Sunday, February 12, 2012

canvas transfer.

Ssssssh, this is a gift for my husband for Valentine's Day. We don't usually exchange gifts, but I wanted to try this project. He never reads my blogs, so don't worry.

I used this tutorial from Elsie Larson.

I really wanted to do this with a wedding picture of ours. It seemed antique enough to match up with this technique. So, first you print a picture onto photo paper. I think you need an inkjet printer. Not totally sure on that, but I have one, so that is cool. I printed this one, which is one I love, but got overexposed in the corner, so I can't use it very much.

I printed this on 8.5" x 11" photo paper, then trimmed it to 8" x 10" I bought a simple, cheap canvas at Michael's. I think it cost me $5.99.

I used this Utrecht acrylic--matte gel. I had bought some a long time ago, and really have never used it. You cover the canvas in this. Make it a rather thick coat. then press the picture into it, lining it up. Now, remember that your image will be reversed. There is a feature on many basic photo programs that allows you to mirror flip your image. I think you can do this in MS Paint. So, if you want to do it the proper way, you can. I didn't care.

You allow this to dry to several hours. I did overnight. Then you get a spray bottle of water, and spray the back. Now, I have done a similar technique for art journaling to make stickers. (Hey, should I do a sticker tutorial? Does everyone know how to make stickers?) I am just warning you that this part is very time consuming, messy, and tedious. But I like the results. This is what it looks like when you first start rubbing and start seeing your image.

Now, remember that the rubbing is a kind of rough process, and yet, you don't want to rub too hard, because you will rub off your picture. So, find a kind of middle road of rubbing. (Oh, geez, like you know what that is.) You'll see what I mean. Unlike me, start at a corner that can bear to be rubbed to the canvas. Once you see the picture without a film, stop and move to another area. I rubbed some parts of my photo off, but it actually makes it look very antiqued.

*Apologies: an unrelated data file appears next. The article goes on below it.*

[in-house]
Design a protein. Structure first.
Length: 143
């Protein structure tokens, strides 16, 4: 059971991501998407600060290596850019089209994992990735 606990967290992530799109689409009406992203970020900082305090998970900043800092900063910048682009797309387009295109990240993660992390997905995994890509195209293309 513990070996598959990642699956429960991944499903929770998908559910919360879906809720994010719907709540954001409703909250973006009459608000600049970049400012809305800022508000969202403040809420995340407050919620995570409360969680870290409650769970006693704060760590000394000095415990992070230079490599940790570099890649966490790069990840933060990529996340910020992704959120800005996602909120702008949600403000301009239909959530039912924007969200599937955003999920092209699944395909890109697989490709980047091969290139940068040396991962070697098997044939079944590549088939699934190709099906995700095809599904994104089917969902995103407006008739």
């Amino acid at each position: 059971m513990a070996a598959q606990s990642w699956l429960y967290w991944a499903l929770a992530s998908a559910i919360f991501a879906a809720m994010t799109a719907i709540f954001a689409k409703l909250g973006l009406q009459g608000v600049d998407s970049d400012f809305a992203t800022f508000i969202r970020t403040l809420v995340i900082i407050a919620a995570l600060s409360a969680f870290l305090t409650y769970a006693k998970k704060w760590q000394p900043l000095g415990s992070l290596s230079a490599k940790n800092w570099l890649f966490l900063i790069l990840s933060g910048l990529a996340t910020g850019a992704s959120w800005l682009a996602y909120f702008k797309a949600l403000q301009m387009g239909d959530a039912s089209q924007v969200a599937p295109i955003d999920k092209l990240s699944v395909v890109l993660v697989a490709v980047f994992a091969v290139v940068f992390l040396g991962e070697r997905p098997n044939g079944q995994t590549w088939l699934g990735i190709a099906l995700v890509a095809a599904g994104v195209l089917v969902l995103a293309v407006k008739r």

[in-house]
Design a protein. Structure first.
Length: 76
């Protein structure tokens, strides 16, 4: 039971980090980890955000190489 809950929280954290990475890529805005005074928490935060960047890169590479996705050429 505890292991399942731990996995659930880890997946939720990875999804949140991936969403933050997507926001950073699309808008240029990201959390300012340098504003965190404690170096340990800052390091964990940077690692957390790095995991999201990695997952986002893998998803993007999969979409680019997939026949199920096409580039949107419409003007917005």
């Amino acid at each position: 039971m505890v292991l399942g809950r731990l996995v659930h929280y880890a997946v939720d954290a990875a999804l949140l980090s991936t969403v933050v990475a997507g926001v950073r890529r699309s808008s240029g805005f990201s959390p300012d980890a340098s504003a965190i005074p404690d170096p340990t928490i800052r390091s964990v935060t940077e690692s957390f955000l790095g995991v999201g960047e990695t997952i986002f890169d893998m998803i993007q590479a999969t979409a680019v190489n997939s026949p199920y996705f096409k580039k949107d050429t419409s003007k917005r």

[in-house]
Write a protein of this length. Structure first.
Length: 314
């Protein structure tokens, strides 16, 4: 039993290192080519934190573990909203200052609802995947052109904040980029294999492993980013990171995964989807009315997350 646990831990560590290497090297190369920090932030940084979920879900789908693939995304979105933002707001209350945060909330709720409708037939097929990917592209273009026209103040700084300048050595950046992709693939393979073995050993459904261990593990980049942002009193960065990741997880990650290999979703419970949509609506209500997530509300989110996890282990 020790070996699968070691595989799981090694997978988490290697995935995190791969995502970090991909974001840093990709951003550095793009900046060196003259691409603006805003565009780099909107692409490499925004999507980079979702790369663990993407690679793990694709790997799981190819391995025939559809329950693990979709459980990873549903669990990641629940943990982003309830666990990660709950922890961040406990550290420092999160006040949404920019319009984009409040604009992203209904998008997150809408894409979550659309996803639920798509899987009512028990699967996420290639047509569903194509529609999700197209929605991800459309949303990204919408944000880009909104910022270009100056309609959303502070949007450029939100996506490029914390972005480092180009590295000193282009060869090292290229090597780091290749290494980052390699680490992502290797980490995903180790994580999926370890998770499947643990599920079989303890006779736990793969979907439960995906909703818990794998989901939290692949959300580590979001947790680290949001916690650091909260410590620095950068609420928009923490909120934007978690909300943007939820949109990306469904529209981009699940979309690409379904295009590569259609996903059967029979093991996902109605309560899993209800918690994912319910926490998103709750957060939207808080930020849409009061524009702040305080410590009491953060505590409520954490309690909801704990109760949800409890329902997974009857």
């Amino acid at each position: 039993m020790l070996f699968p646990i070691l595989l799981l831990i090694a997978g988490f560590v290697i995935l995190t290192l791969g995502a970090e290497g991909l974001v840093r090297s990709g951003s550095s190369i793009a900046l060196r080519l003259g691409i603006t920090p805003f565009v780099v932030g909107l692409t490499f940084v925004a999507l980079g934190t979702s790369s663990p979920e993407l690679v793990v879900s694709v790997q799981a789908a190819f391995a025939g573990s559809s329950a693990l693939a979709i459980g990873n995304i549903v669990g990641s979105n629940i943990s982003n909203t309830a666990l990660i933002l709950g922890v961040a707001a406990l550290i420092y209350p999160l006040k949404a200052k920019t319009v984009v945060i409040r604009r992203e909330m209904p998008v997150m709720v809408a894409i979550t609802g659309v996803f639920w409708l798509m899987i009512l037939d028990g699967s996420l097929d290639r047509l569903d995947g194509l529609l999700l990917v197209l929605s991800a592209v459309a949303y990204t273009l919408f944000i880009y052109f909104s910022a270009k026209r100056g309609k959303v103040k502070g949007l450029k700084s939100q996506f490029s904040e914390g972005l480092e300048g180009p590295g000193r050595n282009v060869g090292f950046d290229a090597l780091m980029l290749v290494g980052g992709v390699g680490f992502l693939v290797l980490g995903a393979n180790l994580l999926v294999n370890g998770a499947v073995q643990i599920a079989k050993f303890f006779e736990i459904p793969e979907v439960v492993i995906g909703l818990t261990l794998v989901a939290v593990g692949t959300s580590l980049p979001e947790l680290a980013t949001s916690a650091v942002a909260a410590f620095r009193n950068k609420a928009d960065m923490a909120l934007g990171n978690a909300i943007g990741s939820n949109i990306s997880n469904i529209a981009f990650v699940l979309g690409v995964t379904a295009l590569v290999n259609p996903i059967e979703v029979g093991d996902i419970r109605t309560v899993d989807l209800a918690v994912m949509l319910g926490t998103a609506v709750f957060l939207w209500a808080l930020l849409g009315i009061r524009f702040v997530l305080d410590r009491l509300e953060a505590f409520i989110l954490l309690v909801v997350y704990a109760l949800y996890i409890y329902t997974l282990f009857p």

And the finished product:

Hanging on a wall.

Which looks exactly like the one on the desk. Awesome. I forgot to mention that you should put a layer of gel medium on top of the picture after you are done rubbing to protect. That is all.


Sweetie Pumpkin Kitty said...

You did it!!!! That is awesome. So wait, what is that stuff you spread all over the canvas called?

still life angie said...

Matte gel medium. There is also satin, gloss, semi-gloss gel medium, I think. Basically, it is acrylic paint without the pigment. You can add it to paint to change its properties, like turn it shiny, or over a finished canvas to seal it and give it texture. If you ever see like prints on canvas that have a texture, it is acrylic gel medium on top of a print. Matte gel medium tubes look like paint tubes, sold near paint. It also works like glue when you are doing mixed media work, so you can add a layer, then put things into it. Hope that helps.

Tina said...

That is beautiful!

HereWeGoAJen said...

Ooh, I love that!

Hope's Mama said...

He is going to love it!